Photo by Christine Fu
Photo by Christine Fu

So while El Latir del Tiempo / The Beat of Time acknowledges and celebrates the company’s 50 years of existence, and the continuity of their mission to present the artistry of Flamenco in large scale theatrical productions, it is also a celebration of Carola’s 10 year tenure as artistic director.

Santos had developed the company towards large-scale, community-focused presentations, and “it was very beautiful what he was doing, but [Santos’ vision was] focused on students and teaching.” Carola had a slightly different vision and wanted to shift more towards employing full-time Flamenco dancers – a company with dancers that could dedicate more time to the artform.

According to the philosophy of Carola Zertuche, “If you do Flamenco, you are waking up with Flamenco and going to sleep with Flamenco. You have to have a very deep knowledge,” in order to perform with Theatre Flamenco.

“I said if I take the company, I really want to take it to another level.” She aspired to bring Theatre Flamenco to a level of quality she associated with Bay Area choreographers like Alonzo King and Margaret Jenkins. While the dance vocabulary is different, she pushes the company to maintain the same caliber of physicality and technique that she sees taking place in the larger ecosystem of San Francisco’s professional dance community.

Carola has also worked to expand the caliber of musicians Theatre Flamenco engages in their productions, especially bringing in skilled musicians and singers from Spain. For the shows this November, this expanded caliber includes Flamenco singer Juana la del Pipa who is part of a dynasty of artists from the Flamenco cradle of Jerez de la Frontera in Southern Spain.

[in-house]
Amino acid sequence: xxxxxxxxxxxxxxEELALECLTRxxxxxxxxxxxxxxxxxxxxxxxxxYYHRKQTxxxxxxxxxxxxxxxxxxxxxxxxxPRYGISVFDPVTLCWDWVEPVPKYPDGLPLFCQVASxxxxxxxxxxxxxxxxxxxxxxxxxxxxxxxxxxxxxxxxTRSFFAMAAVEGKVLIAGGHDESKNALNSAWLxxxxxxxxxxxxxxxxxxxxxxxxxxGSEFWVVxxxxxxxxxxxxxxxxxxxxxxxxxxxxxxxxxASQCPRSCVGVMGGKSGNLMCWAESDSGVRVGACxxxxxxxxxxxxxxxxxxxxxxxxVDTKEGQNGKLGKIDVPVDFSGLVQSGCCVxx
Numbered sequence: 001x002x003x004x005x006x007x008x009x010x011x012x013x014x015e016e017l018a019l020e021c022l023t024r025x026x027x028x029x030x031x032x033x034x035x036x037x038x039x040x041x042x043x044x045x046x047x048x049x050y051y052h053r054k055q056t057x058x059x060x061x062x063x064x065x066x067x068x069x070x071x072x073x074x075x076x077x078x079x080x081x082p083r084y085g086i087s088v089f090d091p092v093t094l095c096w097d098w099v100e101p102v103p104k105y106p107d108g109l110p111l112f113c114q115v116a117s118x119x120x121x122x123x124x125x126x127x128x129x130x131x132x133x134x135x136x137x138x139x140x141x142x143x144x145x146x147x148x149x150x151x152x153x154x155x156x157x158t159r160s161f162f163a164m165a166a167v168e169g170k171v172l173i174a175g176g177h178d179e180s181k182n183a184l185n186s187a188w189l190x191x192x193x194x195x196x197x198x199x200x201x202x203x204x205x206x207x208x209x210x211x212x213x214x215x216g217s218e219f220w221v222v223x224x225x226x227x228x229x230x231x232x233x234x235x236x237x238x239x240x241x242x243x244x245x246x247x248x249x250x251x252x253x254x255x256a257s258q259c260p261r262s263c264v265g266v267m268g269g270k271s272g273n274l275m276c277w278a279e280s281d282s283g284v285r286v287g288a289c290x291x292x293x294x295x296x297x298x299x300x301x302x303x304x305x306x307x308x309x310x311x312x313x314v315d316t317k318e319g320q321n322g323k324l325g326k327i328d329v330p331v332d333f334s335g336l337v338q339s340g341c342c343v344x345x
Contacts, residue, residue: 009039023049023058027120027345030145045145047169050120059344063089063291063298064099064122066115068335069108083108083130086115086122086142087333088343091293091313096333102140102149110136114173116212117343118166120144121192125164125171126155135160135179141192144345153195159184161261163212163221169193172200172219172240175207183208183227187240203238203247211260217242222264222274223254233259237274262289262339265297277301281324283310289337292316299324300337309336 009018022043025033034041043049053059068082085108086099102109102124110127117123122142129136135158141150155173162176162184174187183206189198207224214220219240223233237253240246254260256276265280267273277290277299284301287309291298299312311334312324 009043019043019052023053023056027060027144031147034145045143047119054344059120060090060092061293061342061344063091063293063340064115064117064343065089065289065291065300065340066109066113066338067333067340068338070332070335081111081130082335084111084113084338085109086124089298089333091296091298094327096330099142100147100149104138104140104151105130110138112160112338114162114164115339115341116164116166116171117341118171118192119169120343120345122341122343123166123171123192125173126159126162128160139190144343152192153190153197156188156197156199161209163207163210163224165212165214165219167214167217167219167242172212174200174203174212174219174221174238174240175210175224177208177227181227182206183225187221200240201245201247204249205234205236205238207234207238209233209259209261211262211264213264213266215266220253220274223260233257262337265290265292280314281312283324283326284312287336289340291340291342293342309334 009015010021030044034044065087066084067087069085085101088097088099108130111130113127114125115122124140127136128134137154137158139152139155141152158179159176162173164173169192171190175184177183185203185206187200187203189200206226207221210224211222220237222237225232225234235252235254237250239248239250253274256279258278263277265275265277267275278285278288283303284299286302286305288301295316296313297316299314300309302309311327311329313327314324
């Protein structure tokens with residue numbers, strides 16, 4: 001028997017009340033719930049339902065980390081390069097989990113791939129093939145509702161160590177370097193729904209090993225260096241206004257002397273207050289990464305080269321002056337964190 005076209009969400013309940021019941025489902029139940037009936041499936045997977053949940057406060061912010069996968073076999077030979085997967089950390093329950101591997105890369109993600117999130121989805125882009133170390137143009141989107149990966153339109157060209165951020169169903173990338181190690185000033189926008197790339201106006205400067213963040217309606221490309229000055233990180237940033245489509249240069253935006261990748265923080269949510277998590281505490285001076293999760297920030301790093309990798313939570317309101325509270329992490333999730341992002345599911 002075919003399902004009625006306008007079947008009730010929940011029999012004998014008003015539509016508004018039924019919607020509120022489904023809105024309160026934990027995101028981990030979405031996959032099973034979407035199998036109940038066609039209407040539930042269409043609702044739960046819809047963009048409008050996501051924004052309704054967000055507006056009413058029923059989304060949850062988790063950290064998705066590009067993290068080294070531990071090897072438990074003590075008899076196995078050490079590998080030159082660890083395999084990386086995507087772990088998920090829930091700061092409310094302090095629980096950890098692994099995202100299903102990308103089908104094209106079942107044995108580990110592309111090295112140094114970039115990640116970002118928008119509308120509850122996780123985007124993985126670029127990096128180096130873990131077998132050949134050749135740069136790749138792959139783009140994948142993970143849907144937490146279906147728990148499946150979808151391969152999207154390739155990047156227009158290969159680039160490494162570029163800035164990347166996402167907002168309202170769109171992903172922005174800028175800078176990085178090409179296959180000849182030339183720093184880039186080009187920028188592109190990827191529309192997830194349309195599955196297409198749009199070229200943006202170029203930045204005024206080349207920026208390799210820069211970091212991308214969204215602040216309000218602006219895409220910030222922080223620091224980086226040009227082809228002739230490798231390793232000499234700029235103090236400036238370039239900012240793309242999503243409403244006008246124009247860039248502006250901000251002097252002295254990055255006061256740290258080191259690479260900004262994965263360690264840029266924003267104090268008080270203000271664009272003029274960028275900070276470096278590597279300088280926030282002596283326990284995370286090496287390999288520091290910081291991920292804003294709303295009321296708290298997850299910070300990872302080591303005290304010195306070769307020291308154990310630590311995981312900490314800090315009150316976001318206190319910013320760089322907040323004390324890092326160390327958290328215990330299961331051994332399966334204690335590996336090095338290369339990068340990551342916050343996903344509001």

“I want to show the direction of the company is still very tied to traditional Flamenco, which is why I’m bringing Juana, who is very traditional. Her way of singing is so personal and she is one of the last singers to sing that way. To be on the stage with her is amazing.” Carola expands on why it’s important to bring artists like this to broader audiences: “I bring this kind of artist to show what’s going on in Spain. To show people that it’s more than just polka dots and flowers and the Gipsy Kings.”

Another guest is Pastora Galván, who made her professional dance debut with Theatre Flamenco at the age of 15, before becoming an international star of Flamenco over the past several decades. This will be Galván’s third time guesting with Theatre Flamenco, although she’s danced in shows Carola produced before as a solo artist.

Carola describes the powerful impression Pastora leaves on the audience: “She is a super-Flamenca…that means she is earthy.” I ask her to expand on that and she continues, “It’s in the way you position your head. Not many dancers have that ability. They have incredible technique, they are beautiful dancers, but then when you compare them to Pastora…she doesn’t have to do anything. She comes onto the stage and you will have goosebumps”.

I have had similar experiences watching Carola perform works on stage, and when I ask her about her own super-Flamencaness she is demur, giving credit to the singers and dancers. For her, as with most Flamenco dancers, this sense of bearing and power is something that comes with time and experience. “It’s not a craft, it’s a way of being and when you hear the singer, or a note of music you slip into it,” she tells me. “For me it depends on who is singing and who is playing the music, because you bring that emotion into your dance.”

Rob Taylor is a writer and arts administrator working in the San Francisco Bay Area.